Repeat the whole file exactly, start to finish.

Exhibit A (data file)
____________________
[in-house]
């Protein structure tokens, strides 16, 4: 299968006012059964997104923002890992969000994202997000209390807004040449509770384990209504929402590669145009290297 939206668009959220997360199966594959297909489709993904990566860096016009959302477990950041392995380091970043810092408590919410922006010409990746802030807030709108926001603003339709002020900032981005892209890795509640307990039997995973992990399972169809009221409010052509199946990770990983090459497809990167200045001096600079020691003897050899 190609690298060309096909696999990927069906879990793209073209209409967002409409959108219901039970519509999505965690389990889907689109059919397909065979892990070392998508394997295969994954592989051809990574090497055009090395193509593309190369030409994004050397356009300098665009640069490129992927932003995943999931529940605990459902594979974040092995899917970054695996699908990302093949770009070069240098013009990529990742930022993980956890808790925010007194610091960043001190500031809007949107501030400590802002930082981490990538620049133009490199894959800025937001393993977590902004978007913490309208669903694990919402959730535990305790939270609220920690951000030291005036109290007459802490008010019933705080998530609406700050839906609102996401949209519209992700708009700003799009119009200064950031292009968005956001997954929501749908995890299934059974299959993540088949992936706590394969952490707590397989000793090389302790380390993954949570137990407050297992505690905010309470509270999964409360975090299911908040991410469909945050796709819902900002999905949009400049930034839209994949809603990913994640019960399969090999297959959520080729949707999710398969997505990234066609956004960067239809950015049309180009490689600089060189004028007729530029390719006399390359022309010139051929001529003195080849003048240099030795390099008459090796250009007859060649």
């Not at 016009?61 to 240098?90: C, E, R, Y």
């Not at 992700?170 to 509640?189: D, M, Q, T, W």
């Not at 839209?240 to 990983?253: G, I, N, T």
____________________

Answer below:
[in-house]
């Protein structure tokens, strides 16, 4: 299968006012059964997104923002890992969000994202997000209390807004040449509770384990209504929402590669145009290297 939206668009959220997360199966594959297909489709993904990566860096016009959302477990950041392995380091970043810092408590919410922006010409990746802030807030709108926001603003339709002020900032981005892209890795509640307990039997995973992990399972169809009221409010052509199946990770990983090459497809990167200045001096600079020691003897050899 190609690298060309096909696999990927069906879990793209073209209409967002409409959108219901039970519509999505965690389990889907689109059919397909065979892990070392998508394997295969994954592989051809990574090497055009090395193509593309190369030409994004050397356009300098665009640069490129992927932003995943999931529940605990459902594979974040092995899917970054695996699908990302093949770009070069240098013009990529990742930022993980956890808790925010007194610091960043001190500031809007949107501030400590802002930082981490990538620049133009490199894959800025937001393993977590902004978007913490309208669903694990919402959730535990305790939270609220920690951000030291005036109290007459802490008010019933705080998530609406700050839906609102996401949209519209992700708009700003799009119009200064950031292009968005956001997954929501749908995890299934059974299959993540088949992936706590394969952490707590397989000793090389302790380390993954949570137990407050297992505690905010309470509270999964409360975090299911908040991410469909945050796709819902900002999905949009400049930034839209994949809603990913994640019960399969090999297959959520080729949707999710398969997505990234066609956004960067239809950015049309180009490689600089060189004028007729530029390719006399390359022309010139051929001529003195080849003048240099030795390099008459090796250009007859060649």
């Not at 016009?61 to 240098?90: C, E, R, Y």
């Not at 992700?170 to 509640?189: D, M, Q, T, W």
């Not at 839209?240 to 990983?253: G, I, N, T």